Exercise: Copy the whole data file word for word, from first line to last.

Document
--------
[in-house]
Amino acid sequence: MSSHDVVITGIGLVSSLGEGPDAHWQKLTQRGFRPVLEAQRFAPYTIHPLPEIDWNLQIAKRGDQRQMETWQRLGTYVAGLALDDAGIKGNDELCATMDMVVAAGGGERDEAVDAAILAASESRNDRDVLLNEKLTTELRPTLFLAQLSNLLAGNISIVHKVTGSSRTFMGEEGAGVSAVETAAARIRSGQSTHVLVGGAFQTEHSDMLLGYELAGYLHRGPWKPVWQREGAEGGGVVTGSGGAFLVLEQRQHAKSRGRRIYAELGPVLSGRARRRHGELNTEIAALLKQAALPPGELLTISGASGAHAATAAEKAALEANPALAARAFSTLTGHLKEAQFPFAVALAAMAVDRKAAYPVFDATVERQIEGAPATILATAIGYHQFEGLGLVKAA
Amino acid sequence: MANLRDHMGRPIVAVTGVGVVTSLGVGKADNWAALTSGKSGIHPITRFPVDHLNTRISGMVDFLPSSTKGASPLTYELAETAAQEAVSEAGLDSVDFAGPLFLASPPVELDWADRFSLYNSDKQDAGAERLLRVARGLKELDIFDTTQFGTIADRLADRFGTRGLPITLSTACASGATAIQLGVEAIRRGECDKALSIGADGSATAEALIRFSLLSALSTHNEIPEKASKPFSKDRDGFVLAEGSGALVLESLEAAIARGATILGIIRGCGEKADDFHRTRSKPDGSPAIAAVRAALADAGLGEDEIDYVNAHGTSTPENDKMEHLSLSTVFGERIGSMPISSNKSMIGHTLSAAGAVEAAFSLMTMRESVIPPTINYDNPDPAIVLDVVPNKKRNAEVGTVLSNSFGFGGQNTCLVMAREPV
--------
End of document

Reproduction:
[in-house]
Amino acid sequence: MSSHDVVITGIGLVSSLGEGPDAHWQKLTQRGFRPVLEAQRFAPYTIHPLPEIDWNLQIAKRGDQRQMETWQRLGTYVAGLALDDAGIKGNDELCATMDMVVAAGGGERDEAVDAAILAASESRNDRDVLLNEKLTTELRPTLFLAQLSNLLAGNISIVHKVTGSSRTFMGEEGAGVSAVETAAARIRSGQSTHVLVGGAFQTEHSDMLLGYELAGYLHRGPWKPVWQREGAEGGGVVTGSGGAFLVLEQRQHAKSRGRRIYAELGPVLSGRARRRHGELNTEIAALLKQAALPPGELLTISGASGAHAATAAEKAALEANPALAARAFSTLTGHLKEAQFPFAVALAAMAVDRKAAYPVFDATVERQIEGAPATILATAIGYHQFEGLGLVKAA
Amino acid sequence: MANLRDHMGRPIVAVTGVGVVTSLGVGKADNWAALTSGKSGIHPITRFPVDHLNTRISGMVDFLPSSTKGASPLTYELAETAAQEAVSEAGLDSVDFAGPLFLASPPVELDWADRFSLYNSDKQDAGAERLLRVARGLKELDIFDTTQFGTIADRLADRFGTRGLPITLSTACASGATAIQLGVEAIRRGECDKALSIGADGSATAEALIRFSLLSALSTHNEIPEKASKPFSKDRDGFVLAEGSGALVLESLEAAIARGATILGIIRGCGEKADDFHRTRSKPDGSPAIAAVRAALADAGLGEDEIDYVNAHGTSTPENDKMEHLSLSTVFGERIGSMPISSNKSMIGHTLSAAGAVEAAFSLMTMRESVIPPTINYDNPDPAIVLDVVPNKKRNAEVGTVLSNSFGFGGQNTCLVMAREPV